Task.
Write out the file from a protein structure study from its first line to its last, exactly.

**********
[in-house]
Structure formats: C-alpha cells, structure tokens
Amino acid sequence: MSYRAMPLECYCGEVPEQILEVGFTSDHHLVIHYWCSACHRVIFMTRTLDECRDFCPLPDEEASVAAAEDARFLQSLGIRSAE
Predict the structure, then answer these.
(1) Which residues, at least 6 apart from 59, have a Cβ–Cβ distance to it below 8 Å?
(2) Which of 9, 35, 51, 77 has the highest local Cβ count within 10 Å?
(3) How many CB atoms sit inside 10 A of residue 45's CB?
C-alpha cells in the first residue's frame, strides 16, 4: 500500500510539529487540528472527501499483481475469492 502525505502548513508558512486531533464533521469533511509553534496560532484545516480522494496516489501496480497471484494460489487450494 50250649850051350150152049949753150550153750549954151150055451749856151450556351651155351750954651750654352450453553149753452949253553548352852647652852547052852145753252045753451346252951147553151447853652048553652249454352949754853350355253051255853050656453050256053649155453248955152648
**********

[in-house]
Structure formats: C-alpha cells, structure tokens
Amino acid sequence: MSYRAMPLECYCGEVPEQILEVGFTSDHHLVIHYWCSACHRVIFMTRTLDECRDFCPLPDEEASVAAAEDARFLQSLGIRSAE
Predict the structure, then answer these.
(1) Which residues, at least 6 apart from 59, have a Cβ–Cβ distance to it below 8 Å?
(2) Which of 9, 35, 51, 77 has the highest local Cβ count within 10 Å?
(3) How many CB atoms sit inside 10 A of residue 45's CB?
C-alpha cells in the first residue's frame, strides 16, 4: 500500500510539529487540528472527501499483481475469492 502525505502548513508558512486531533464533521469533511509553534496560532484545516480522494496516489501496480497471484494460489487450494 50250649850051350150152049949753150550153750549954151150055451749856151450556351651155351750954651750654352450453553149753452949253553548352852647652852547052852145753252045753451346252951147553151447853652048553652249454352949754853350355253051255853050656453050256053649155453248955152648